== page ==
By: Ted Nugent
Nothing worthwhile comes easy.
This is one of life’s many truisms that continually serves us well for time immemorial.
My dear old dad relentlessly pounded many such quality of life colloquial ditties into my thick, mushy, youthful skull pretty much every day of my life! Lord have mercy do I ever look to the heavens and thank him and God daily!
Be the best that you can be.
Do a job right the first time so you don’t have to do it again.
Keep your nose to the grindstone.
Never give up.
Aim small miss small!
Anything worth doing is worth doing to the best of your ability.
Tell me who you go with and I will tell you what you are.
Never take the easy way out.
Put your heart and soul into everything you do.
When in life you come to a fork in the road, take it!
I could go on, but I have a funny feeling if you’re a dedicated deerhunter you already abide by such sound pragmatic advice and utilitarian commonsense.
With summer dragging on and most prime hunting seasons still a ways off, this continues to be the perfect time of year to continue to hone our aim small miss small reasoning predator skills for that magic fall season of glee that will be here before you know it!
Firearms marksmanship is a very important discipline and specialized touch unto itself that demands continual practice, training and honing.
I shoot a variety of my favorite firearms constantly throughout the year and take great pride and happiness in maintaining my gun skills. As a longtime sheriff deputy and year ‘round concealed carrier I am compelled to train and qualify for my very serious professional and citizen responsibilities, but since I enjoy it so much, it’s not like I have to force myself to dedicate time at the range.
Same goes for archery honing, but more so. The firearms holy tactical-grail of breath control, mechanical ergonomics, sight-picture acquisition and subconscious trigger-squeeze ignition can be maintained to a fine degree with a weekly regimen, but great archery control takes much more attention.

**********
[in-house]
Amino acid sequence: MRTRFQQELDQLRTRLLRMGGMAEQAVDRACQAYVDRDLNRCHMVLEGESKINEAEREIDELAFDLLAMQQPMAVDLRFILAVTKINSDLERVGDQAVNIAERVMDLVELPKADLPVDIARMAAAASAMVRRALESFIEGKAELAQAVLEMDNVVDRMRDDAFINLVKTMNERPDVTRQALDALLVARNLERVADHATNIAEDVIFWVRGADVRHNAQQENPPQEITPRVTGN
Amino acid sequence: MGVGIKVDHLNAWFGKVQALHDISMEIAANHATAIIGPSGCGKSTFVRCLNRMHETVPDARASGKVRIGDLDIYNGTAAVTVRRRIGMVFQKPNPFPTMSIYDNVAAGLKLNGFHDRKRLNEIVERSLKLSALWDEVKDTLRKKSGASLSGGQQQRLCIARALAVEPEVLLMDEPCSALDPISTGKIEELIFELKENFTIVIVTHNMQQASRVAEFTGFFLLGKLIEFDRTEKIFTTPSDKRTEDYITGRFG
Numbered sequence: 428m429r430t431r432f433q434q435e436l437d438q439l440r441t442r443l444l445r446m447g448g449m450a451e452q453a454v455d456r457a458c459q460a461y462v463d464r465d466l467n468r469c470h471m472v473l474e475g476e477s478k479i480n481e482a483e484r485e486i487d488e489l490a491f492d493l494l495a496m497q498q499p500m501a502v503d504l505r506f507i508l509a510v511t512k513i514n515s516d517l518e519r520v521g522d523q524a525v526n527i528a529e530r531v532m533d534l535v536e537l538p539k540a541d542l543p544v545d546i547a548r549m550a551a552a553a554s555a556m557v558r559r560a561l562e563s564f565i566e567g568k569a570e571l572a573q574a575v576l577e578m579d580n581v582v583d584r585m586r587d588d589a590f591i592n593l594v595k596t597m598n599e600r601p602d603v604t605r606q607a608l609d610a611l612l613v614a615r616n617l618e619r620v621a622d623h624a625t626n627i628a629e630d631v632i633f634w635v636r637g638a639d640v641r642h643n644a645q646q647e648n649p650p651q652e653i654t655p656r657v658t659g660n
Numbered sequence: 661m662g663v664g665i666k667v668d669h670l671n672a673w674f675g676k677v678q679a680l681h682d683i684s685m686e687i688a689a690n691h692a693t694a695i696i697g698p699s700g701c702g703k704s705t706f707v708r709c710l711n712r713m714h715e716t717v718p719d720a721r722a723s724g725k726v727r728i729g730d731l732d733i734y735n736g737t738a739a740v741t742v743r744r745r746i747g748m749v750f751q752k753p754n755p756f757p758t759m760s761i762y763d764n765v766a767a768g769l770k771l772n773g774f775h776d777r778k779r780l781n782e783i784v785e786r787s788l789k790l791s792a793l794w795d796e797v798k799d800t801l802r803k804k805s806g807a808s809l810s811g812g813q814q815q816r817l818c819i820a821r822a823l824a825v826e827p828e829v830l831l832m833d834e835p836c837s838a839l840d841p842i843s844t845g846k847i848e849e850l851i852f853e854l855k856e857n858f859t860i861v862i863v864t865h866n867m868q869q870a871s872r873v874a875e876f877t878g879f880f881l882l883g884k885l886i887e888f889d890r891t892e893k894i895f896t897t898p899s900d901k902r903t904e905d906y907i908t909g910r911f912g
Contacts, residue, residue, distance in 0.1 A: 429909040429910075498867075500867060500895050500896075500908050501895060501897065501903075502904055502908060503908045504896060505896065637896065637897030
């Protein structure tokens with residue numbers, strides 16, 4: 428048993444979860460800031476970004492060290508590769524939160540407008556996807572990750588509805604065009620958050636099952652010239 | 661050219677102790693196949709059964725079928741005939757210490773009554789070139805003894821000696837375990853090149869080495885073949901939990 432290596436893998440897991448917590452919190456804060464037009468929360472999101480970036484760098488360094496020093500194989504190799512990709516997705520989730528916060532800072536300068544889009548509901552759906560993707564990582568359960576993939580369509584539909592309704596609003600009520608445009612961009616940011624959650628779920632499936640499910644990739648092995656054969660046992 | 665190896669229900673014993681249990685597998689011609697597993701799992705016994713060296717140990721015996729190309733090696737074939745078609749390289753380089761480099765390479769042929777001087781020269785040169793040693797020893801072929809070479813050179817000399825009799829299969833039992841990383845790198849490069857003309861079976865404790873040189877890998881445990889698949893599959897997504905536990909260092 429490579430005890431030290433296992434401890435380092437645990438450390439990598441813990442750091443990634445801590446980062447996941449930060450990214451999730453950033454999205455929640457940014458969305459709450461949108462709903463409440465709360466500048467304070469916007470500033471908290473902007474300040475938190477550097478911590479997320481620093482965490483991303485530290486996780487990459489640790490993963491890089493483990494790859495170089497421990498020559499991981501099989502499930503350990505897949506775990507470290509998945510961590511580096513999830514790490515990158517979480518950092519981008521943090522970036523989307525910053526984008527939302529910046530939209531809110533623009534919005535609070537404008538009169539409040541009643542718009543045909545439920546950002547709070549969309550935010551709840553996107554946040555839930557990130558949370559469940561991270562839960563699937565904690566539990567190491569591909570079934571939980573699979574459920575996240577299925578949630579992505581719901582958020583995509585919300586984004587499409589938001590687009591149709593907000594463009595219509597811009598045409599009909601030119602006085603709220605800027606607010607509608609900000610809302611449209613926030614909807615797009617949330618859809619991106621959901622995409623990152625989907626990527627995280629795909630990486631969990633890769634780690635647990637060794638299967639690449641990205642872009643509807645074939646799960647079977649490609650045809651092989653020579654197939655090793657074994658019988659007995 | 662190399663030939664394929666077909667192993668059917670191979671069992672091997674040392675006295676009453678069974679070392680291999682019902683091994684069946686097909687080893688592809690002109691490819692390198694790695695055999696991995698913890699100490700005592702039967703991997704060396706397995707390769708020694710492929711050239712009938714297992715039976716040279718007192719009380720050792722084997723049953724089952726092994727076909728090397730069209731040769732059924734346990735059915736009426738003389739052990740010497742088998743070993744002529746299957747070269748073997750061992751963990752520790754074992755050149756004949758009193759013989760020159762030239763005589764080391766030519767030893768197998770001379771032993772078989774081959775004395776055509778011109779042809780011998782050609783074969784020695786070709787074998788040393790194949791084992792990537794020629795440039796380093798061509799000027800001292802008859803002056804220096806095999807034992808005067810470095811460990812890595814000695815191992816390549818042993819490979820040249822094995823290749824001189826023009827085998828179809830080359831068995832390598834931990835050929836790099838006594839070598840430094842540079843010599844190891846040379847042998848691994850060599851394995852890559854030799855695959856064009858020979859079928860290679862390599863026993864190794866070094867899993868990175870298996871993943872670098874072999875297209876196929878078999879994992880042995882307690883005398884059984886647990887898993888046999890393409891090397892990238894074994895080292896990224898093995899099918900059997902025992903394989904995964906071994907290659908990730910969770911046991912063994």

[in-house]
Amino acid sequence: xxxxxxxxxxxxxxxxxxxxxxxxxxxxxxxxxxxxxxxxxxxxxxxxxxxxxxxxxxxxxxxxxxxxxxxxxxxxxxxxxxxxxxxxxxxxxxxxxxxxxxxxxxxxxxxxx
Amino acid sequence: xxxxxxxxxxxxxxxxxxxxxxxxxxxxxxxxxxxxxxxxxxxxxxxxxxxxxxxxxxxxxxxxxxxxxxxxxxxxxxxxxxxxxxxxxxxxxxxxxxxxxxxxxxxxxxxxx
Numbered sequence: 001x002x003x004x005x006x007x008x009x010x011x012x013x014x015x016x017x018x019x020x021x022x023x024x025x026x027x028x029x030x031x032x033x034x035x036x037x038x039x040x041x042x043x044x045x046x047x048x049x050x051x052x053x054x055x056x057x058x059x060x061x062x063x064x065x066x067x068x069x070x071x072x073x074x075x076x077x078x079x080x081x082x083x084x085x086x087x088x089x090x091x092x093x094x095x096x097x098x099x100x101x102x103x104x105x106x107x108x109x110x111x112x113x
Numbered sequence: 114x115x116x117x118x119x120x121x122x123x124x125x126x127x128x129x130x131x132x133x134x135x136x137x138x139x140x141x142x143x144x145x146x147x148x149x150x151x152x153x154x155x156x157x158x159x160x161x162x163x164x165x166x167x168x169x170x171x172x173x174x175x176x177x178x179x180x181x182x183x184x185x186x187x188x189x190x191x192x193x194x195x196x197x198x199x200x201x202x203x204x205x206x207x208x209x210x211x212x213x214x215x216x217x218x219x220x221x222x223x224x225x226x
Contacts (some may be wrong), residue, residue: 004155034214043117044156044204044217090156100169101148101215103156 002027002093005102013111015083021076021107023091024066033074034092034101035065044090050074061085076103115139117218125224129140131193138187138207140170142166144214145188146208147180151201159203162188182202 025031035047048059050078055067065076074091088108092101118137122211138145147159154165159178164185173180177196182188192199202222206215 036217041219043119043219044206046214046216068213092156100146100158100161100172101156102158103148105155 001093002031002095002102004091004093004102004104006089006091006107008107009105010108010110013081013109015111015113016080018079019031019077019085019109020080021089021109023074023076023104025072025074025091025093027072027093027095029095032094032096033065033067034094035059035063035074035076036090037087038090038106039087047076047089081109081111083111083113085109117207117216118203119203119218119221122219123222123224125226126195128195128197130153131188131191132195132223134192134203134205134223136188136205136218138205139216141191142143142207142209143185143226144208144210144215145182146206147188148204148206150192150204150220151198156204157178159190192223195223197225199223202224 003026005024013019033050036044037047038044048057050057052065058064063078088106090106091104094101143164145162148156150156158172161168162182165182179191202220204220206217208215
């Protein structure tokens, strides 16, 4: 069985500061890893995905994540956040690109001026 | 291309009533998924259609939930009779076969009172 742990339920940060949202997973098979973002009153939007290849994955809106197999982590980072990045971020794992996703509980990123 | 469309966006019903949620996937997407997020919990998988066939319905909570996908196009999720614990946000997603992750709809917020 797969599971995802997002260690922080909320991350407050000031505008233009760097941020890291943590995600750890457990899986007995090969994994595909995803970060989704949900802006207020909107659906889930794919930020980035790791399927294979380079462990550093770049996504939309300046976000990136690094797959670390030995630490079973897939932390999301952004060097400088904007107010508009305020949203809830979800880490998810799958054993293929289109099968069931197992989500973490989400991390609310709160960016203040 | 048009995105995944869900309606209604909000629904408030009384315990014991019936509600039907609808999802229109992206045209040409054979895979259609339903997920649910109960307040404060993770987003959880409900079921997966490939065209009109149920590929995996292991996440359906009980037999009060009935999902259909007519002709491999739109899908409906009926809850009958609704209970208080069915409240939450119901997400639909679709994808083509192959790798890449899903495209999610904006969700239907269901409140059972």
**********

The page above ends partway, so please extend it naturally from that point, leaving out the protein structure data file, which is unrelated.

Shooting my Mathews bow on a daily basis, often with family and friends allows us to openly critique and appreciate the shared observations of like-mined dedicated archers.
When bad habits creep into our shot sequence, errant arrows and bad hits on game are an unacceptable price to pay when the clear and present remedies are right at hand.
Here are some primary reminders that often arise when observing archers, especially on a number of hunting TV shows out there.
I am always rather surprised how many archers commit some basic anti-archery mistakes in their shooting style, even in commercials promoting archery equipment!
The most glaring oft-repeated violation is the grip-grabber. I am only a lowly guitar-player archer, but Lord knows I have learned from the greatest bowhunters that ever lived, and by all archery 101 rules you cannot be the best archer you can be if you alter your grip upon the release of the arrow.
I watch so many archers touch off their arrow then immediately grab their grip, thereby altering the flight of the arrow from that infinitesimal nano-second prior when the sights are lined up and the decision to shoot is made.
Whatever grip you choose, it must be maintained exactly the same from anchor right on through the shot and ultimately until the arrow hits the target.
The next glaring violation is what I call “the crack house clearing trigger finger”!
We all know that when preparing to fire a gun, the trigger finger must be straight out along the firearm and not on the trigger until the target is acquired and decision to shoot is made.
When mistakenly employing this trigger-finger position in archery, the time it takes to drop that finger onto our release trigger is enough of a move to cause a serious miss downrange.
When shooting a mechanical release, the trigger-finger must be placed firmly onto the trigger as soon as we attain fulldraw, actually beginning trigger pressure as our sights are aligned.
The best arrow release will occur when we firmly wrap our trigger-finger firmly around that trigger like an orangutan gripping a branch.
My most successful shot sequence mantra applying those two priorities includes a mental connection between my right hand and left hand working in unison like a sight-pin/trigger-finger unified ballet.
Oneness must be achieved between our two hands and eyeballs to execute the ultimate arrow release, and when we do so, that’s exactly what will happen.
I literally repeat to myself as I draw my bow; right hand left hand right hand left hand over and over again as my sights are aligned and triggerfinger pressure is increased, solid anchor is achieved and the arrow is away.
Since we are guaranteed the God given gift and right to life, liberty and the pursuit of happiness, there is no doubt that this basic archery 101 reminder above will maximize it.
Seriously think grip and triggerfinger every shot! Do it and celebrate the most accurate arrows of your life. Aim small miss small and prepare to do the backstrap boogie like you mean it.